If you are organizing the attempt specifically to set this record, you cannot plan too carefully. If there is anything that you think is impossible (for example, there is no way for you to have a video camera on you for your entire Kilimanjaro climb), e-mail your Records Manager using the “Correspondence” section on your Guinness page, and they can help.
Organizing your crew
When it’s “go” time, you’re going to want to be able to focus all of your energy on your attempt. In order for that to happen, it’s important to have a solid crew. The more people who are involved in the attempt, the more important a good crew becomes.
I was lucky to have Julianne as my Crew Captain. As I kept warm by running in the freezing cold, she sat in the back of our rental van and charged GoPro batteries, called witnesses who hadn’t arrived yet, got new witnesses to replace them, gave instructions, collected witness statements, kept the mandatory marathon log, manned the stationary video camera, took pictures, and even somehow found time to hold up motivational posters that she had made for me as a surprise as I finished each lap.
My crew was rounded out by my weigh-in team, Theresa the Certified Personal Trainer and Elizabeth the Registered Nurse (Guinness required that my weigh-in be supervised by at least one certified health professional, and I wasn’t taking any chances.)
I really can’t say it enough: read and understand your Specific Guidelines and Guide to Evidence, and have every willing crew member read it as well. If you have witnesses who are just coming in just for the attempt, make sure that they clearly understand what is required of them. Improperly completed witness statements can ruin your attempt.
Paola had a crew of her own. Her friend Caroline co-organized the event, and another friend Sam volunteered on that day to manage the individual records stage while Paola was at the castle organizing 318 bubble-makers, as well as stewards, timekeepers, and witnesses.
The day before
The big day is almost here! Go in organized. The bags I packed for my attempt looked like I was heading on an expedition and making a movie about it:
Lay out everything the night before, read the Guidelines one last time, and have a final check in with your crew about what’s going to happen tomorrow.
You and I both know that you’re already officially amazing. Now, because you are well-prepared, you get to prove it to the world!
Documenting on the Big Day
During the attempt, get pictures and video of literally everything (despite the fact that my weigh-in had to be conducted by a certified health professional and witnessed by two unrelated people, all of whom had to fill out official statements, I was still required to have photographic evidence of it as well.)
When your attempt is finished, check through the paperwork very carefully. If you are going to be exhausted, you should plan for a trusted crew member to do this for you.
- Do you have all the witness statements?
- Did you get any signatures that you need? My witnesses had to fill out their forms by hand, and then we scanned them in. For some records, forms can be filled out electronically.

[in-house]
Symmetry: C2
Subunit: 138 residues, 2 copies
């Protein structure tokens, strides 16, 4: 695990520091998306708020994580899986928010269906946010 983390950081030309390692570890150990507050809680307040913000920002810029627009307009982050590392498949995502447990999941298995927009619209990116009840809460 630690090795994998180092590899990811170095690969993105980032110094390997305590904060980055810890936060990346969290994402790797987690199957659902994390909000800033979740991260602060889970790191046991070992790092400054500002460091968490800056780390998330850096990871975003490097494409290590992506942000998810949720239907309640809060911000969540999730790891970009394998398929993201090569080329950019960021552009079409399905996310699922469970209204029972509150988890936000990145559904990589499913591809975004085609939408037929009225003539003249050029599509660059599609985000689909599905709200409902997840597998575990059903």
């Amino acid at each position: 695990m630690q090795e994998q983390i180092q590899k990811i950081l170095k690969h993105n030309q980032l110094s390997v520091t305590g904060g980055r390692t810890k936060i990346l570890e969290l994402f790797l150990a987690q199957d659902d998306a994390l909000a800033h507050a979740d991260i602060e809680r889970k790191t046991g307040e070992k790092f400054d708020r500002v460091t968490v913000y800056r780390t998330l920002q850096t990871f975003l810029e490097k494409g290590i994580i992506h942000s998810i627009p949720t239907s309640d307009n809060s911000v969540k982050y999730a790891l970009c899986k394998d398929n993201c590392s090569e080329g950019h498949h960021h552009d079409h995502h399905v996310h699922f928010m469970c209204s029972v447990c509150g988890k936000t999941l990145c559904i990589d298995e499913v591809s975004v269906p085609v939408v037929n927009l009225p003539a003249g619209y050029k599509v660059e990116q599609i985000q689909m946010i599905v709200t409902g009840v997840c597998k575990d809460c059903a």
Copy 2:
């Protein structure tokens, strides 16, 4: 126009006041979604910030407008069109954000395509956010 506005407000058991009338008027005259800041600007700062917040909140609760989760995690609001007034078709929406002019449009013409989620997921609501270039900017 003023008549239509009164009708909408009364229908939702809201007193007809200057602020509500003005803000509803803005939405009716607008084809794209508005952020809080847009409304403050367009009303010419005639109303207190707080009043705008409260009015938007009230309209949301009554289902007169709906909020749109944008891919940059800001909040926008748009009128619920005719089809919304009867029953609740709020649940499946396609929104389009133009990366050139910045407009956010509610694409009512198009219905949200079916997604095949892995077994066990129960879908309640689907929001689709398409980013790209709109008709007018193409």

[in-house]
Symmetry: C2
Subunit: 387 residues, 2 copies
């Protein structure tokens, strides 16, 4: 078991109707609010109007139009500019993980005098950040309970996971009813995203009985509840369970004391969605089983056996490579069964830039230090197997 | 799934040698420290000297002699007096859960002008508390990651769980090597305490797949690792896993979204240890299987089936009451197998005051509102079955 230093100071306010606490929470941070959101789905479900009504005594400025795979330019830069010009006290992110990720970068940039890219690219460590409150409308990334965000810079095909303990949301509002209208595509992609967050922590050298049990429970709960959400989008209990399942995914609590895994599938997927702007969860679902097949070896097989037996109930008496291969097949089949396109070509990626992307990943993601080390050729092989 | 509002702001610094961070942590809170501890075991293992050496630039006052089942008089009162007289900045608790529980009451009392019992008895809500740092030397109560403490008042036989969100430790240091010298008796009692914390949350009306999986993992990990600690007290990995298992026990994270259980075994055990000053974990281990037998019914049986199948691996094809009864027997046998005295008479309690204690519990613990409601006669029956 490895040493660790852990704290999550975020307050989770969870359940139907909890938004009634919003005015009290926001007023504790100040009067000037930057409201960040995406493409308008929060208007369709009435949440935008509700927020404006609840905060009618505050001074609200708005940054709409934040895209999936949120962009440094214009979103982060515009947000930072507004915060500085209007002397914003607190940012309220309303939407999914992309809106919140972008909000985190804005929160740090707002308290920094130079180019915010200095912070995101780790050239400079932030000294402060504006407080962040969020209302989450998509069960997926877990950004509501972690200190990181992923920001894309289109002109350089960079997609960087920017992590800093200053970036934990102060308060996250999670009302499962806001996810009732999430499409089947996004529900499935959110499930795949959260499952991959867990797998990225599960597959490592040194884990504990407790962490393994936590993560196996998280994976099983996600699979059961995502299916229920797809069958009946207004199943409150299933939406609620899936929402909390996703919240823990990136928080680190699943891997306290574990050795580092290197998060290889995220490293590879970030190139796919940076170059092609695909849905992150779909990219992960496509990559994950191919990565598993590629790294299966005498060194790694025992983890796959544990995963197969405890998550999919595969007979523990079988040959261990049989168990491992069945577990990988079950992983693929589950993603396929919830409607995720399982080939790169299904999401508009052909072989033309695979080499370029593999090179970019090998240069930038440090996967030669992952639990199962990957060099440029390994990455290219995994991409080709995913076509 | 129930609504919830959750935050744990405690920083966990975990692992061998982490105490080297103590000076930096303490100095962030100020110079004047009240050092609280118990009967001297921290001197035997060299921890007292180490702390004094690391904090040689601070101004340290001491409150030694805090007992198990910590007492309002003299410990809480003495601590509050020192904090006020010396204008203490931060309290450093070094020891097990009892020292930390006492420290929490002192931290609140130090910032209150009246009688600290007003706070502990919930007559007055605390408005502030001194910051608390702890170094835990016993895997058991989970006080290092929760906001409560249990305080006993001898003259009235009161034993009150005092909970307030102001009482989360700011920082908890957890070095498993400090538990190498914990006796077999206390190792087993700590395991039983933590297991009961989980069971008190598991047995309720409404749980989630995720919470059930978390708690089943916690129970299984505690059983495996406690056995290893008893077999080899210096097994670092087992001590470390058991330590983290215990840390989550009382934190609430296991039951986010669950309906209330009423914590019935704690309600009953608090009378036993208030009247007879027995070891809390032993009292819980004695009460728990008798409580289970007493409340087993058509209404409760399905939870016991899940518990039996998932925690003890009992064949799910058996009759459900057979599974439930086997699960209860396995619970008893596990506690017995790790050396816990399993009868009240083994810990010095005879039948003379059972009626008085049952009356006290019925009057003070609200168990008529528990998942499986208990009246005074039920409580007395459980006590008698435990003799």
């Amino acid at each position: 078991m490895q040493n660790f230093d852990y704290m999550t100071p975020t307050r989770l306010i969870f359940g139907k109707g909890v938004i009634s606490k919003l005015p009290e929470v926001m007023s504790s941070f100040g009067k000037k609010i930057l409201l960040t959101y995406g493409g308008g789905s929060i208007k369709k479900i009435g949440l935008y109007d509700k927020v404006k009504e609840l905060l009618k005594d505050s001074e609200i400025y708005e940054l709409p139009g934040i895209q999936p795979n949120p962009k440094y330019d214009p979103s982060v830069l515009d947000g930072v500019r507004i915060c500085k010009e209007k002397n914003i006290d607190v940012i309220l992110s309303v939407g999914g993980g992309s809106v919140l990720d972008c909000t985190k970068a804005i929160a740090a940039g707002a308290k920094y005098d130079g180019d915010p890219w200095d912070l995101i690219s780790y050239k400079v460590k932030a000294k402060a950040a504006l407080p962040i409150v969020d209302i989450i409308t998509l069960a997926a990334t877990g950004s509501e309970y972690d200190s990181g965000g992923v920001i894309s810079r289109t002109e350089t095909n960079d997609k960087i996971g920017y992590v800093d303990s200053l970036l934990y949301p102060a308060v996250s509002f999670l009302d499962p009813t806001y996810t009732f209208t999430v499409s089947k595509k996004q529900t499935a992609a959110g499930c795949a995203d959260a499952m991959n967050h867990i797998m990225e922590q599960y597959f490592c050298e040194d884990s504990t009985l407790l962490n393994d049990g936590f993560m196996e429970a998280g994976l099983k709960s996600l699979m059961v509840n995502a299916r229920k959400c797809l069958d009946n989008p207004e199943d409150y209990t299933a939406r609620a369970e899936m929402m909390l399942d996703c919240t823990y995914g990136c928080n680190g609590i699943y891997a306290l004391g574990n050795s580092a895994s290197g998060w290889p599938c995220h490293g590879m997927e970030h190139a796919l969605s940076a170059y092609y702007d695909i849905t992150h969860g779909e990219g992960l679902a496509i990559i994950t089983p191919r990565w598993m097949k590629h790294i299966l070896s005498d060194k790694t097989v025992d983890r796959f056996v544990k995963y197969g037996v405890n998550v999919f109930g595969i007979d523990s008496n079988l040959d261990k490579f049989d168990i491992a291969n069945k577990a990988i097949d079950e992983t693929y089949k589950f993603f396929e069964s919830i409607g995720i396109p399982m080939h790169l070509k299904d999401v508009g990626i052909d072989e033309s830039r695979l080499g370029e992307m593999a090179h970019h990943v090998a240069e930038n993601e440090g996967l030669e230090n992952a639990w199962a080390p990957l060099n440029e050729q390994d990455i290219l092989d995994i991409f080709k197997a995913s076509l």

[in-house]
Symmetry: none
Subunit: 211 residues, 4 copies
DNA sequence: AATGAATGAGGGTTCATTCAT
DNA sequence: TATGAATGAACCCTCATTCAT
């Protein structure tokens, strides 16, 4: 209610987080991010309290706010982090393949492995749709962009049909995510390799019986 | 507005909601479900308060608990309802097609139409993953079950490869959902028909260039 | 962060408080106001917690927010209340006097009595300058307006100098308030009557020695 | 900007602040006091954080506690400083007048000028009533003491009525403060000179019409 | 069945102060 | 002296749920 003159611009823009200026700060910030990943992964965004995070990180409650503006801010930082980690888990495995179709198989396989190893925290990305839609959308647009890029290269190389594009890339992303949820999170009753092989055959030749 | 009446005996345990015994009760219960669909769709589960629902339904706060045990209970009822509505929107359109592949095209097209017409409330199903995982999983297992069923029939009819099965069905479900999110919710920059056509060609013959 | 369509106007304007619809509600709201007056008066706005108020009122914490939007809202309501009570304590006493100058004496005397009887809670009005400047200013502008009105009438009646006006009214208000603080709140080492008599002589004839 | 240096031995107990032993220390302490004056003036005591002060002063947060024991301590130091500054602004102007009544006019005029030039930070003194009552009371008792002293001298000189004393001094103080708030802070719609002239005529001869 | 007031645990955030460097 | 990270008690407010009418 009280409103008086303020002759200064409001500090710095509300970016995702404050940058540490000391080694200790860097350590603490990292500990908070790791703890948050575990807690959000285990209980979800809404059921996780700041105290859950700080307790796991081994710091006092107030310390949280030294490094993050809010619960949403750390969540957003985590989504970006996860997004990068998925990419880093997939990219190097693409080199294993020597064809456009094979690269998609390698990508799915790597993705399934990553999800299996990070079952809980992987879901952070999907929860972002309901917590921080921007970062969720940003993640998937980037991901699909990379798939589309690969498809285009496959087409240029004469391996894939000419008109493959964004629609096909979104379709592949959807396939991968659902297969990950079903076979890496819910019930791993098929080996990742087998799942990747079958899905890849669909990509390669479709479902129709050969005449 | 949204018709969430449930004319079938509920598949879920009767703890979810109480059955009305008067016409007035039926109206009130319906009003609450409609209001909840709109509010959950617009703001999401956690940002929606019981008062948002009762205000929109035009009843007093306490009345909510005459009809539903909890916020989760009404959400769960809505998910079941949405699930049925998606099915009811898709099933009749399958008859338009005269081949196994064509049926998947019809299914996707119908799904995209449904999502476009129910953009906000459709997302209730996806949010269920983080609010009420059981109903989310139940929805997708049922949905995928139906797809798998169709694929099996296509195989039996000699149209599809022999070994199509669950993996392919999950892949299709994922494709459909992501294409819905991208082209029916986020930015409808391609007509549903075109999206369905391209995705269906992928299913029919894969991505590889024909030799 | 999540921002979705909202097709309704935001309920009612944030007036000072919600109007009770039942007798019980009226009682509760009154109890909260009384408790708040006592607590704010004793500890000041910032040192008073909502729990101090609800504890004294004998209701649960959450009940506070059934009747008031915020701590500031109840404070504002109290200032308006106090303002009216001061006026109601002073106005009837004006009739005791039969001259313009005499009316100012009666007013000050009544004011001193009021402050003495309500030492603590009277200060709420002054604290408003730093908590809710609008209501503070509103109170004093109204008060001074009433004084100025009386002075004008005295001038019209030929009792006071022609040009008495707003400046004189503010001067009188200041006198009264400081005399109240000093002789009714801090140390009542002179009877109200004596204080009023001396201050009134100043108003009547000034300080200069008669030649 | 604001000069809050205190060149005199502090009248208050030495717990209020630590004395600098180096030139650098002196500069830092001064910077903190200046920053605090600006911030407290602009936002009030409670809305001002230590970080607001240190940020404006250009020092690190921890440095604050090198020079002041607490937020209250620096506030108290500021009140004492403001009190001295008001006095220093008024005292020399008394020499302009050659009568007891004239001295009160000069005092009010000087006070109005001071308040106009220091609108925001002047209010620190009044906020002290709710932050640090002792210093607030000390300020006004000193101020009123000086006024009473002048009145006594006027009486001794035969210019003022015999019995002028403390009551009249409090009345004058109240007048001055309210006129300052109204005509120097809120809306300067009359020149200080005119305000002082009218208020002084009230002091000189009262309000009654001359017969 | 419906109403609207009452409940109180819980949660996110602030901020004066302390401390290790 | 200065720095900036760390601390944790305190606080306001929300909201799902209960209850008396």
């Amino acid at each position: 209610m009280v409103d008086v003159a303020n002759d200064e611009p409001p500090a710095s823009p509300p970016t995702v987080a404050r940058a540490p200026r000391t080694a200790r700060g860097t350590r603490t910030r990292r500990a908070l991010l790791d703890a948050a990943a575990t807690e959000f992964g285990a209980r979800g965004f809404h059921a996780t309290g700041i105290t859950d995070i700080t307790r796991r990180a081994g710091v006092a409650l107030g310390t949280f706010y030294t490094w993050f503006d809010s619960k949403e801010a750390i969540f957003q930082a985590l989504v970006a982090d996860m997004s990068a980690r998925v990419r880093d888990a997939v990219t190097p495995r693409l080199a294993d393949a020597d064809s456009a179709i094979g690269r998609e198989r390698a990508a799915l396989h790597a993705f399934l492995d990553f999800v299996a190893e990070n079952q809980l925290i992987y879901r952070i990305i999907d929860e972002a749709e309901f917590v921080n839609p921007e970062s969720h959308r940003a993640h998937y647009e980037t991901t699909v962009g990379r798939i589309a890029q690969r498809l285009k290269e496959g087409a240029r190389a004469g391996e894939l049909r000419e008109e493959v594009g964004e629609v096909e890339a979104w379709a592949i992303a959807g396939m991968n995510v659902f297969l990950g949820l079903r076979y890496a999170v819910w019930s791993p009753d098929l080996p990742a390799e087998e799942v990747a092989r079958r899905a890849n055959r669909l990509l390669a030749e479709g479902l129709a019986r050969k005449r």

- Do you have the pictures and video that you need?
If so, you’re ready for the final steps of getting all your evidence to Guinness.
It’s time to bring this baby home. Log into your account on the Guinness website, scroll to the section that says “Evidence,” and click on “Upload Evidence.”
You’ll enter all of your information. You cannot submit video evidence through a file sharing site, so you’ll need to upload all of your video evidence directly to their site. I tried that, but it just kept timing out, even after I broke up the video into smaller bits. I contacted my Records Manager and they gave me another option of mailing in a thumb drive, which is what I did.
You can also choose to pay for expedited review services when you submit your evidence, as noted above.
Remember, submit the best photographs you can to increase your chances of getting them into the book.
Now, the wait begins. If Guinness staff have any questions, they’ll contact you. Otherwise, you’ll get your answer somewhere between five business days and 12+ weeks—depending on the record review option you chose.
Keep checking your page and, at some point, “Pending evidence” will be updated to “The current record is…” (You should also get a notification email.)
Congratulations, you are a Guinness World Record Holder and Officially Amazing! You can order your complimentary certificate by logging into your account and then going to the Guinness World Record Store. Your free certificate should already be in your basket. If not, contact Guinness. You can order more than one certificate for £20.00 or about $26 USD each, plus shipping (at the time of this writing).
If you are a participant in a mass participation record, you won’t automatically get your own certificate. But you can purchase a “Certificate of Participation” by doing a look-up on the event and then entering your name to have it custom printed (this also costs £20.00 or about $26 USD, at the time of this writing.)
So that’s it. Unless, of course, you want to try for another record!